Ethics lawyer says State Rep. Jim Murphy 'takes the cake' regarding conflict of interest

By Mario Diaz - Reporter

HOUSTON - Ethics questions are growing tonight, surrounding State Rep. Jim Murphy.

Wednesday night, Channel 2 Investigates revealed Murphy (R-Houston), holds two paying government positions, even earning bonuses for securing state funds with one of them.

One job is in the Legislature, the other, he admits, pays a yearly salary of over $312,000 for running the Westchase District in West Houston.

"If the goal of these contracts is to get favors out of Austin by hiring a state (representative), they seem to be an effective mechanism for figuring out how to wire the system in an unethical way,” says Cris Feldman, a Houston attorney and government ethics expert with vast experience working around Texas politics.

"Corruption in Austin is fish in a barrel," Feldman says.

So how has Murphy managed to fly under the ethics radar for more than a decade?

In 2005, then-Attorney General Greg Abbott stated in an opinion that an independent contractor for a municipal management district is not prohibited from serving as a member of the Legislature.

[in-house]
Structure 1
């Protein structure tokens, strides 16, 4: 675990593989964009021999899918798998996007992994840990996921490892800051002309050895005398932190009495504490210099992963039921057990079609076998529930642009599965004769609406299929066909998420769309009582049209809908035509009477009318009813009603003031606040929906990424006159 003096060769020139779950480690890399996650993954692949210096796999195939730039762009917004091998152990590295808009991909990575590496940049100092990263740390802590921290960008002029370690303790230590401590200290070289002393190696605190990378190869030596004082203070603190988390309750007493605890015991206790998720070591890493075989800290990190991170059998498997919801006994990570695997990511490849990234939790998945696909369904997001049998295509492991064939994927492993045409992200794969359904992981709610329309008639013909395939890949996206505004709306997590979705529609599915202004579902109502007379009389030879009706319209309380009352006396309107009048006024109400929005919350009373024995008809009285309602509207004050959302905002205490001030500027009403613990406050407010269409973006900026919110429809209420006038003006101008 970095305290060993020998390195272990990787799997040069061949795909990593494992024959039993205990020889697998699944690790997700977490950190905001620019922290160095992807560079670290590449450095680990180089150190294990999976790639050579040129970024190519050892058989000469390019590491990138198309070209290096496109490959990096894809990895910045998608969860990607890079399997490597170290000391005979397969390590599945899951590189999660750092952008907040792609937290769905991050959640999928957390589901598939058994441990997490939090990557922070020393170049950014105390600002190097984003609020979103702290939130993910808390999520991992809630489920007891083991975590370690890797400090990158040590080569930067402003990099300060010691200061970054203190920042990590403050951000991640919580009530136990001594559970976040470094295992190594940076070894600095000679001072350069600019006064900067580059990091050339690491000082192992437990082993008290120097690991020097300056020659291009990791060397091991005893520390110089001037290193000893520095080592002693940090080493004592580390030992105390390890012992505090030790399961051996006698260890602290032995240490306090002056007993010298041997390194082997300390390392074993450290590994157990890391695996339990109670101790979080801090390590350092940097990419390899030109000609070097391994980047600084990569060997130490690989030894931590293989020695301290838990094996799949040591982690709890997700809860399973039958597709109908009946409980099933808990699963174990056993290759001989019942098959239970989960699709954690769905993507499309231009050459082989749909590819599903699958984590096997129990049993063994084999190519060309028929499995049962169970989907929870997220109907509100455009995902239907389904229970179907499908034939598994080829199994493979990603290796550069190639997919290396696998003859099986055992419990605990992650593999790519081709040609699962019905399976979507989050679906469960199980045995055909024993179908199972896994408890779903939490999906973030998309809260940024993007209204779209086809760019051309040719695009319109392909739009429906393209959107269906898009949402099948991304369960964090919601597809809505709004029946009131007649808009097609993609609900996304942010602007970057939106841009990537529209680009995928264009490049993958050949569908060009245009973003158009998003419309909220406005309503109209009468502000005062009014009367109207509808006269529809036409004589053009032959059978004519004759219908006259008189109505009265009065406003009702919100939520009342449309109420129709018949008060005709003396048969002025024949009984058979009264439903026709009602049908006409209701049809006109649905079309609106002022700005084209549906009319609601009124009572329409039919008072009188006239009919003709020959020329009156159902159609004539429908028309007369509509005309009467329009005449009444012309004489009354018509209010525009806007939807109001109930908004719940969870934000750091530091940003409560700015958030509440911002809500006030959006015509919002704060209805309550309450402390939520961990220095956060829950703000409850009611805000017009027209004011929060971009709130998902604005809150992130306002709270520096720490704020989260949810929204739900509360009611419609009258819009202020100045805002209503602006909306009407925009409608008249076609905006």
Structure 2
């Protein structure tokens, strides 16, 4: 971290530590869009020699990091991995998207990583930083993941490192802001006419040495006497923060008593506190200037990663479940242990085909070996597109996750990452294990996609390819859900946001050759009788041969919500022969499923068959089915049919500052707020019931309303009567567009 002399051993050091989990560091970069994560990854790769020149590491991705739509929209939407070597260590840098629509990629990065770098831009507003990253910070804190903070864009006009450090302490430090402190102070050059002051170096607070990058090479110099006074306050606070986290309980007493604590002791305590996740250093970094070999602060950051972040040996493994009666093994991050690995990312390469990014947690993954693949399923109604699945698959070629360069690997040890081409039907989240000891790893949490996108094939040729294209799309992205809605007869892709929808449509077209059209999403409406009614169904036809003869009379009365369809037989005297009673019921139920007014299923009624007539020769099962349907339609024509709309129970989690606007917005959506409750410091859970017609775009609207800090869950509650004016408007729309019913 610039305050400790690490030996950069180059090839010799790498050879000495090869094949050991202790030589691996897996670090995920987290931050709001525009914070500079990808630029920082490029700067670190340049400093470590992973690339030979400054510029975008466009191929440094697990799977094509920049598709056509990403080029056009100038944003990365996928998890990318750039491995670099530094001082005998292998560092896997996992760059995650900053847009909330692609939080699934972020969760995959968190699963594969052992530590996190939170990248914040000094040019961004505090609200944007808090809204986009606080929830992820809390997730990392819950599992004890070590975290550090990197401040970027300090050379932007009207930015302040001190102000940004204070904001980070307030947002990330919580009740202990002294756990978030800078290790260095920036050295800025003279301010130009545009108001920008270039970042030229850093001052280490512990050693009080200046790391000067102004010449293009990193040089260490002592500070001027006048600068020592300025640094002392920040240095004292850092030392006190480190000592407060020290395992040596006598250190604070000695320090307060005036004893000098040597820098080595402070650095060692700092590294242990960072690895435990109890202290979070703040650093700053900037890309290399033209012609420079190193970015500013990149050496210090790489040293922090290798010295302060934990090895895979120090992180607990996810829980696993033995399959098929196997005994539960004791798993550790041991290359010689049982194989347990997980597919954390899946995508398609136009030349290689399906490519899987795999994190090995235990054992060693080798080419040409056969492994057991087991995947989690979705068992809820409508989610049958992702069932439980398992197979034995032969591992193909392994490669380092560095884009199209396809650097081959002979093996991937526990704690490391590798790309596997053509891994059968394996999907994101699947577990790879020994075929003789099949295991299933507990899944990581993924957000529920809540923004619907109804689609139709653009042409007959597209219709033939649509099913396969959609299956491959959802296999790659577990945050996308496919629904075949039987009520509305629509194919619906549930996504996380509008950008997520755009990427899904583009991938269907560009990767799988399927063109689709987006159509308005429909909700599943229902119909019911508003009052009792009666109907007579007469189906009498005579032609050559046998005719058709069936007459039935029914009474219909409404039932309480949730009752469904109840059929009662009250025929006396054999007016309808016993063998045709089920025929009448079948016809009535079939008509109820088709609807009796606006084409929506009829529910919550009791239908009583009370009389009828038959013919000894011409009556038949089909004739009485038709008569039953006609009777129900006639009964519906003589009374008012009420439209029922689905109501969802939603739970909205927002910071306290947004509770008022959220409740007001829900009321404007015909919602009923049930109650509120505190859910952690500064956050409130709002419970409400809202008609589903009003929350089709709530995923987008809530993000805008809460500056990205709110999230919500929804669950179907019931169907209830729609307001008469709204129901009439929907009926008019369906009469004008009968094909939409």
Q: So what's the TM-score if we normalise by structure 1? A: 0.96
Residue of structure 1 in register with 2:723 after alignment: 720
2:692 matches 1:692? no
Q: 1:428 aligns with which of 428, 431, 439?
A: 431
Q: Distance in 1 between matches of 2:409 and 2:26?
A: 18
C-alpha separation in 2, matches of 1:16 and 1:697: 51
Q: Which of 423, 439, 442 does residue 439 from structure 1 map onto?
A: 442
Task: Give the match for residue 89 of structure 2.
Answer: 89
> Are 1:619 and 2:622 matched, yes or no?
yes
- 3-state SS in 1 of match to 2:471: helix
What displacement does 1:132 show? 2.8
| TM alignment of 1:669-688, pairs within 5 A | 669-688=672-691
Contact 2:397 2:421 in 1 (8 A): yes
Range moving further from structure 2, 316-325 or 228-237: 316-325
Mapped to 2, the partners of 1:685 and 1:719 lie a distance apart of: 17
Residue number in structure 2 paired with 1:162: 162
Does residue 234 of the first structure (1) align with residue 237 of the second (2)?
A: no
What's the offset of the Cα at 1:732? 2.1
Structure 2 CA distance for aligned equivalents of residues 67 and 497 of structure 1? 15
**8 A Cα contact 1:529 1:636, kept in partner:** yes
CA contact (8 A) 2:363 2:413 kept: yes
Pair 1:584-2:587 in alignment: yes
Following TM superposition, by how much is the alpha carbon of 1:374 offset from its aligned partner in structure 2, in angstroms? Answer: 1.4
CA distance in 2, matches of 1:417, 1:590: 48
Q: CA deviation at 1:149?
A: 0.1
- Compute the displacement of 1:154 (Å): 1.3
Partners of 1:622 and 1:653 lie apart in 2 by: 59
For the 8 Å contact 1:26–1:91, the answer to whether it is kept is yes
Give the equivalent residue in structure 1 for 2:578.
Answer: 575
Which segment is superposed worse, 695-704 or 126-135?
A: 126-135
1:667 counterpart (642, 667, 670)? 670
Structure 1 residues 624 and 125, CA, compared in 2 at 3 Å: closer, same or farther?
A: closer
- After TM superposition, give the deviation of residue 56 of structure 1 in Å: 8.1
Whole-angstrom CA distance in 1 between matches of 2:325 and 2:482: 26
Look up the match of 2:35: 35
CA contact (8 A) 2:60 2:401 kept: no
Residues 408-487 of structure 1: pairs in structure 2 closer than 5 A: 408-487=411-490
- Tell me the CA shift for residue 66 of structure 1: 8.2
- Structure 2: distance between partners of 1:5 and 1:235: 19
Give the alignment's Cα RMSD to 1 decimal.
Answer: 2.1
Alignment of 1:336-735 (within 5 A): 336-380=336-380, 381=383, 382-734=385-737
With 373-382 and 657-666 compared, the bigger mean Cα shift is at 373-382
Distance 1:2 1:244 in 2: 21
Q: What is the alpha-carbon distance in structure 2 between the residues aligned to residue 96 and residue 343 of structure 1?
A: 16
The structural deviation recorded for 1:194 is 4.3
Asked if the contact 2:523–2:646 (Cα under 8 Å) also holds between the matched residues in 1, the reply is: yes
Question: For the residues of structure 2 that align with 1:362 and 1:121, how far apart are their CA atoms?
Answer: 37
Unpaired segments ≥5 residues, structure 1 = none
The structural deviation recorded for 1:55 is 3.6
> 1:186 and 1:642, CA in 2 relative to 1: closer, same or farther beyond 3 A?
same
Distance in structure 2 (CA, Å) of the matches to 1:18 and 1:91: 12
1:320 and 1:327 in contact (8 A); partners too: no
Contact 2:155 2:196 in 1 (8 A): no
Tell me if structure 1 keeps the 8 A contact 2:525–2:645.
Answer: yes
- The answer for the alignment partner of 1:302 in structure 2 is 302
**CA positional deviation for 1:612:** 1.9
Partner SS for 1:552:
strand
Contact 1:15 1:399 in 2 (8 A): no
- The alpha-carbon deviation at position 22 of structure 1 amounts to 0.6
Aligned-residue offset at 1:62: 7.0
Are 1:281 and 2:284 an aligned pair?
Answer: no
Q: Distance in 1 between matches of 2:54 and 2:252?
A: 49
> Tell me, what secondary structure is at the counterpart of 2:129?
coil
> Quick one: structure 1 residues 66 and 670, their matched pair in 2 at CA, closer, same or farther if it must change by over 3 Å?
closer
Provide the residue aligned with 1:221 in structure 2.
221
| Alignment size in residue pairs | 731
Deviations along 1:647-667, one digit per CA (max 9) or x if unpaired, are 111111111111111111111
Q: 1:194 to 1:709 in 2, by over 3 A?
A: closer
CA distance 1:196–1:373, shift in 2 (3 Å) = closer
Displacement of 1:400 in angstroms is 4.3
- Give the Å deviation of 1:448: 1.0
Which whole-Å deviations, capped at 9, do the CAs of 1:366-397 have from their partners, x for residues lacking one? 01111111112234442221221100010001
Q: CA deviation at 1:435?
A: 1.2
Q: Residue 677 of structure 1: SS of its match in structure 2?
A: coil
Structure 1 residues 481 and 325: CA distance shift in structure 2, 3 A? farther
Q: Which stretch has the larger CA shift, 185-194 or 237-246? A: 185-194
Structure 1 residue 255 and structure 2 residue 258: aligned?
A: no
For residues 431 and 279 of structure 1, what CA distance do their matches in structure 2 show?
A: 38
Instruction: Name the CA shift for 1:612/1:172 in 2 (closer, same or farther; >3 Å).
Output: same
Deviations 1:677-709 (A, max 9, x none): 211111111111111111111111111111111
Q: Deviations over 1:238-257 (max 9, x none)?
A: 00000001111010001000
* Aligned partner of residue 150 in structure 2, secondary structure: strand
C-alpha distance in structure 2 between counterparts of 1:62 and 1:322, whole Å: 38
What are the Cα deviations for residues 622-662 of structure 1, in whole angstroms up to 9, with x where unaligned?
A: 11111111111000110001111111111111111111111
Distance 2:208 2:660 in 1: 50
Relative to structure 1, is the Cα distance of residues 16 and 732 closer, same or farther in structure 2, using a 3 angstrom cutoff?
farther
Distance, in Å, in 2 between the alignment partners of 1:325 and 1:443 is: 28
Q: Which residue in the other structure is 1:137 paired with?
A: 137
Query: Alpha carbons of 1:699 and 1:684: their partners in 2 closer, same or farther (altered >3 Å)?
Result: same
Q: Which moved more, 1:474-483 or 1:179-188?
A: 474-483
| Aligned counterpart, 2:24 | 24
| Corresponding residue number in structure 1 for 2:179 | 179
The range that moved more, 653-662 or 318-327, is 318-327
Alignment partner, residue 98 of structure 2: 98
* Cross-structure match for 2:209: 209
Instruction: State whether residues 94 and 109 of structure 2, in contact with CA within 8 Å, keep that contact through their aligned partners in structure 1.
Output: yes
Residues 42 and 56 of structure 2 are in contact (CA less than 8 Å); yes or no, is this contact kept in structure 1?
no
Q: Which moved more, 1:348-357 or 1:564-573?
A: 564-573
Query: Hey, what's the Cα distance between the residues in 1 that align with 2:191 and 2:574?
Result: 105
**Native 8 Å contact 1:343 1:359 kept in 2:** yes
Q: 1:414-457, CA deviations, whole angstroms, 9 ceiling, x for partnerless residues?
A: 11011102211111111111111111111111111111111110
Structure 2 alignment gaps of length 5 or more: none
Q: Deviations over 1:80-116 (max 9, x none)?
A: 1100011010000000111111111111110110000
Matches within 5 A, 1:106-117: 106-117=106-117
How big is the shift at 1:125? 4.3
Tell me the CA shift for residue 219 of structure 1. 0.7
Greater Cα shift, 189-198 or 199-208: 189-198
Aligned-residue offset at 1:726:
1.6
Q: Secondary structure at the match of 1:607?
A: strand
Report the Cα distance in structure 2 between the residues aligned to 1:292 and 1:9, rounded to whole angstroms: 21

They have to be a contractor, not an employee.

Channel 2 Investigates reviewed Texas Workforce Commission and IRS regulations covering the difference between a contractor and an employee.

They include the contractor having a company email address, continuous long term work, are they being portrayed as an employee to the public, as well as travel reimbursements. Murphy not only checks the box on those but more.

Aside from admitting to receiving bonuses from the Westchase District for securing state funding, in the Legislature, Murphy is the the chair of the Houston Committee on Special Purpose Districts. Which means he has oversight of the special purpose districts across the state, including the one paying him in excess of $312,000 a year.

“I would say Representative Murphy pretty much takes the cake. He seems to have perfected the art of conflict of interest and how to personally profit from it," Feldman said.

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